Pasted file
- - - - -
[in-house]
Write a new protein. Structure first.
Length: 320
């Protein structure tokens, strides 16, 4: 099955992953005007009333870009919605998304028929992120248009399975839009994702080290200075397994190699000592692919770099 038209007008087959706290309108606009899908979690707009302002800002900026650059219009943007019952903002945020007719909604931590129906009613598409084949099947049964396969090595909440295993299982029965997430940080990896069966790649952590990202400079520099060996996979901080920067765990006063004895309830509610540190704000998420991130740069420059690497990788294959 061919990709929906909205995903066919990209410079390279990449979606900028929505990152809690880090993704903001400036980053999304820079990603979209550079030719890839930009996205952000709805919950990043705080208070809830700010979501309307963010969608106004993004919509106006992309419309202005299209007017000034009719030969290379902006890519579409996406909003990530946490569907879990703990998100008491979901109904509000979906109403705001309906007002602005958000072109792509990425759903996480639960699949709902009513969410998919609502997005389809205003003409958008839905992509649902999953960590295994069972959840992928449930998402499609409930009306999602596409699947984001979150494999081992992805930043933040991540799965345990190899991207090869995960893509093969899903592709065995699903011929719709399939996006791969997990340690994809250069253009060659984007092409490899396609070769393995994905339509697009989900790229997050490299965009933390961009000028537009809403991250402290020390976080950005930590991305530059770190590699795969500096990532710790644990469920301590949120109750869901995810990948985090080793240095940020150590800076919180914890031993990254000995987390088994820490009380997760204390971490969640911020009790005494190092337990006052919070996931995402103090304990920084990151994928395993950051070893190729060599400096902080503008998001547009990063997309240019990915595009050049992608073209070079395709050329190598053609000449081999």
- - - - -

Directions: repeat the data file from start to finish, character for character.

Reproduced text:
[in-house]
Write a new protein. Structure first.
Length: 320
């Protein structure tokens, strides 16, 4: 099955992953005007009333870009919605998304028929992120248009399975839009994702080290200075397994190699000592692919770099 038209007008087959706290309108606009899908979690707009302002800002900026650059219009943007019952903002945020007719909604931590129906009613598409084949099947049964396969090595909440295993299982029965997430940080990896069966790649952590990202400079520099060996996979901080920067765990006063004895309830509610540190704000998420991130740069420059690497990788294959 061919990709929906909205995903066919990209410079390279990449979606900028929505990152809690880090993704903001400036980053999304820079990603979209550079030719890839930009996205952000709805919950990043705080208070809830700010979501309307963010969608106004993004919509106006992309419309202005299209007017000034009719030969290379902006890519579409996406909003990530946490569907879990703990998100008491979901109904509000979906109403705001309906007002602005958000072109792509990425759903996480639960699949709902009513969410998919609502997005389809205003003409958008839905992509649902999953960590295994069972959840992928449930998402499609409930009306999602596409699947984001979150494999081992992805930043933040991540799965345990190899991207090869995960893509093969899903592709065995699903011929719709399939996006791969997990340690994809250069253009060659984007092409490899396609070769393995994905339509697009989900790229997050490299965009933390961009000028537009809403991250402290020390976080950005930590991305530059770190590699795969500096990532710790644990469920301590949120109750869901995810990948985090080793240095940020150590800076919180914890031993990254000995987390088994820490009380997760204390971490969640911020009790005494190092337990006052919070996931995402103090304990920084990151994928395993950051070893190729060599400096902080503008998001547009990063997309240019990915595009050049992608073209070079395709050329190598053609000449081999």